Before we get into royalty free music, it’s important to know that the relationship between filmmakers and music has evolved quite a bit. Starting out by treating music in films as a purely functional tool, creators now acknowledge the powerful artistic impact it holds. And while so many things have changed in filmmaking and the film industry, thanks in large part to technology, copyrights, royalties and the process of using music in videos has pretty much stayed the same. And while once filmmaking was limited to a handful of people, John Milius’ quote that ‘everybody’s a filmmaker today’ is accurate now more than ever.

Editor looking for non-copyrighted music on laptop

Stock vs. Music Licensing

The high price of copyrighted music and the growing number of budget-challenged filmmakers created a need for affordable video soundtracks, and it was first filled by stock music, which is mostly generic and unsophisticated sounds cheaply made and cheaply sold. However, with the improvement in video quality, the prospect of paring your film with low-quality robotic sound became less appealing.

Enter Music licensing. Companies – like Artlist – decided to reach out to real aspiring musicians, offering them a real business opportunity, by paying them for the rights to sell the license of their music to video creators at a relatively affordable price. This resulted in a win-win situation for both sides – independent musicians found another source of income from their music while creators didn’t need to break the bank to get a quality soundtrack for their videos.

What to Compare in Royalty Free Music Sites

Today, the choice of royalty free music providers is plentiful, but before you sign up to the first site you see on Google, here are some things you must check to make the right choice:

  • Search

Some platforms boast having a massive selection of music. While that sounds nice on paper, once you start searching the site, you get lost in the huge ocean of songs, and finding the song you’re looking for can take hours. Instead of looking at the number of songs, make sure to choose a website that lets you find what you’re looking for the fastest.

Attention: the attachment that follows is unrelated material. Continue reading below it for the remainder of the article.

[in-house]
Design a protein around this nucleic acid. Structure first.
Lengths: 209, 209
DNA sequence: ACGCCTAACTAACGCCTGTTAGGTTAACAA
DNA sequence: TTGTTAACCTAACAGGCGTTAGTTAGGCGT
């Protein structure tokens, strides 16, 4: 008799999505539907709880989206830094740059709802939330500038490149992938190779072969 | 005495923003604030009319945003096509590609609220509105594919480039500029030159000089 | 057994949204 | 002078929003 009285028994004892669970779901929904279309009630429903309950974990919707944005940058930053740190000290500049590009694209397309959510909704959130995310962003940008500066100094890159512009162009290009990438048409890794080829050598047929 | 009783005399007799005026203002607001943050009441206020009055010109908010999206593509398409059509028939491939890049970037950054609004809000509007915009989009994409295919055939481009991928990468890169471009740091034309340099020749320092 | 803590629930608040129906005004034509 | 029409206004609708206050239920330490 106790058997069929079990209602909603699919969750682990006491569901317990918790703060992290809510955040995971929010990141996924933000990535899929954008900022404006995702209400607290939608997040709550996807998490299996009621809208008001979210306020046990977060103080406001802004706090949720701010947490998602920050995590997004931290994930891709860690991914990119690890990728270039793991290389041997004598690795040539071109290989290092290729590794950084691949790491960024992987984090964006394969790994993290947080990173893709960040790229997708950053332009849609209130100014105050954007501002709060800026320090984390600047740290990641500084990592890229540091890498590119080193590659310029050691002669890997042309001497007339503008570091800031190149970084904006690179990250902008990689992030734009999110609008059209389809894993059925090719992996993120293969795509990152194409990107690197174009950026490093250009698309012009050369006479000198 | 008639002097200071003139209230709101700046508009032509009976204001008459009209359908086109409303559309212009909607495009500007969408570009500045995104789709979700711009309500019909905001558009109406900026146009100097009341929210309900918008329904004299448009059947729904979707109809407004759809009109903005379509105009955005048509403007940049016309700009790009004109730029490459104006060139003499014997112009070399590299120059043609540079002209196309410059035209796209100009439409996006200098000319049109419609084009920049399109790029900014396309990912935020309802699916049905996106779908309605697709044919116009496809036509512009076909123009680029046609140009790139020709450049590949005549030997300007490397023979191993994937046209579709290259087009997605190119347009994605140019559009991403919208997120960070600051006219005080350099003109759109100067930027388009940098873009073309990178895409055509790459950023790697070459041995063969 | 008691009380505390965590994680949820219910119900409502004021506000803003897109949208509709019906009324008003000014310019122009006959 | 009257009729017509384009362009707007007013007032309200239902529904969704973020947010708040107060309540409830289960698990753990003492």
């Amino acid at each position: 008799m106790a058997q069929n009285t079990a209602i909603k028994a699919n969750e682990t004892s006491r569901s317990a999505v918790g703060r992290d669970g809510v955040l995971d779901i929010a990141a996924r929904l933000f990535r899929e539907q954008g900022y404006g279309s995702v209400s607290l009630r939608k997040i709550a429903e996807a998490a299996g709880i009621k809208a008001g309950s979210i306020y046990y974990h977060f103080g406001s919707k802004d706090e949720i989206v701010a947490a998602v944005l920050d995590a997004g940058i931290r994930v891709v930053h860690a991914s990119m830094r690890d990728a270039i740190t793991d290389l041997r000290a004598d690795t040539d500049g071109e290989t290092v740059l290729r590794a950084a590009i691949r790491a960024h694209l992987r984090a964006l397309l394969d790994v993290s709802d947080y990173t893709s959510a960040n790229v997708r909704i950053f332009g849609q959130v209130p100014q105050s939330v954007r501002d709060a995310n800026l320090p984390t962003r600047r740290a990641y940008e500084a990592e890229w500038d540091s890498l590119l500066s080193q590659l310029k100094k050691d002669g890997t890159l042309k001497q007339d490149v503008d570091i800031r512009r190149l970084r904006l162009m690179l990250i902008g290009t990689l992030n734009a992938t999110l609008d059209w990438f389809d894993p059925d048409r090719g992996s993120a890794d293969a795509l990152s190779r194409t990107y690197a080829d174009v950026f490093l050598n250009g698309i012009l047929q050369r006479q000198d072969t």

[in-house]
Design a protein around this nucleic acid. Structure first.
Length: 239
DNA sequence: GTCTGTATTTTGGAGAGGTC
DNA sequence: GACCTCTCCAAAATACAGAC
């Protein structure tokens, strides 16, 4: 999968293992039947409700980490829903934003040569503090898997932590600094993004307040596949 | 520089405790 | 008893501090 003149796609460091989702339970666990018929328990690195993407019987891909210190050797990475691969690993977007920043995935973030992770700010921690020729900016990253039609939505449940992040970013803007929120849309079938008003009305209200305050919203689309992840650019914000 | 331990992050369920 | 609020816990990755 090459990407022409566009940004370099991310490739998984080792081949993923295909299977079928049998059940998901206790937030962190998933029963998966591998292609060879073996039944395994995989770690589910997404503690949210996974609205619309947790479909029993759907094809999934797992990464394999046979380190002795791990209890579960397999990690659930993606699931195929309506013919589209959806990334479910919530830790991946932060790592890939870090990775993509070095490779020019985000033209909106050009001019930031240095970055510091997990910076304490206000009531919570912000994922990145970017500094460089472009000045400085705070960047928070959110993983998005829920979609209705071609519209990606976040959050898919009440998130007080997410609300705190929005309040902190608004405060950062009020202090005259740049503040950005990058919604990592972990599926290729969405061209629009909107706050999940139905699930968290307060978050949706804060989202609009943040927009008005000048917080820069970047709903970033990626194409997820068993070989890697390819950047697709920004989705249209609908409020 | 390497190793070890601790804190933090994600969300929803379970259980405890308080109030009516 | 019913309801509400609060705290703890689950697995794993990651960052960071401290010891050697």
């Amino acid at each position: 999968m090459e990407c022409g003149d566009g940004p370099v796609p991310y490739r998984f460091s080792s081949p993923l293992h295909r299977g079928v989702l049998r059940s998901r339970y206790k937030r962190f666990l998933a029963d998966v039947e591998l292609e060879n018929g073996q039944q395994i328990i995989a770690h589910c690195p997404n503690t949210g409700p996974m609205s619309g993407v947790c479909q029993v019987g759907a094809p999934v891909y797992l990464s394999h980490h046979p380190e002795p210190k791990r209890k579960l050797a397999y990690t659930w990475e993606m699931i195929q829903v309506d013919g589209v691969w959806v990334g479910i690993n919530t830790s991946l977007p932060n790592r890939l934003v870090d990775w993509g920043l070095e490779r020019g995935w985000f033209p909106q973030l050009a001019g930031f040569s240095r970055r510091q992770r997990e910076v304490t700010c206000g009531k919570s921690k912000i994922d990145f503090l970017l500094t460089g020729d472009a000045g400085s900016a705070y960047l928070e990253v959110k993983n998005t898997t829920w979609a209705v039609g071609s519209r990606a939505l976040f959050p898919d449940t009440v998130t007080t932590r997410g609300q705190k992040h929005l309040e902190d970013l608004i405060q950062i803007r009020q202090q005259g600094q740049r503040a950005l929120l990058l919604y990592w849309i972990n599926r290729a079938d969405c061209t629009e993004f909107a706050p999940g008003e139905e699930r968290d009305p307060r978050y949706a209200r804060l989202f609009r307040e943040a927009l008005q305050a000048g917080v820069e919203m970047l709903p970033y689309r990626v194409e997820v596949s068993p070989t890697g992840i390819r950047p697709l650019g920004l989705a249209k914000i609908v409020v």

Editor browsing royalty free music site Artlist

  • Quality

If you’re looking for royalty free music and not stock music, then chances are that quality matters to you. Some royalty free music take music quantity over music quality, so you need to compare the quality of songs between sites and choose the one that matches your standards.

  • License

While copyright free music sites broke into the scene to make the life of a filmmaker easier when it comes to getting music, many fine prints hide behind the license you acquire. Let’s break it down into three points:

  • Where: Some sites offer different types of licensing depending on the medium on which you display your film. There’s a license that limits you to use your music only on YouTube. If you’re looking for music for a movie or a commercial, then the price starts going up. Make sure the license you get applies to where you want to show your films.
  • When: Some sites cancel your license once you stop being a subscriber. If you downloaded a song today, cancel your subscription in a month and want to use it next year, you may get flagged. Check if the license for the songs you download has an expiration date.
  • Number of Uses: let’s say you found a song you like; there’s a chance you might want to reuse it on a different project later on. This can incur additional fees with some websites. Others make you commit that you use a song for a specific project, and commitment is one thing most of us fear more than anything.

In Sum

Watching a video without music is like eating a plain pancake – pretty bland. If you want quality music without breaking the bank, you should look for royalty free music. Compare the ease of use, music quality and terms of the license and choose the right platform for you. You are more than welcome to check the selection, quality, and license at Artlist and see if they fit your needs. 

I’m sure they will 🙂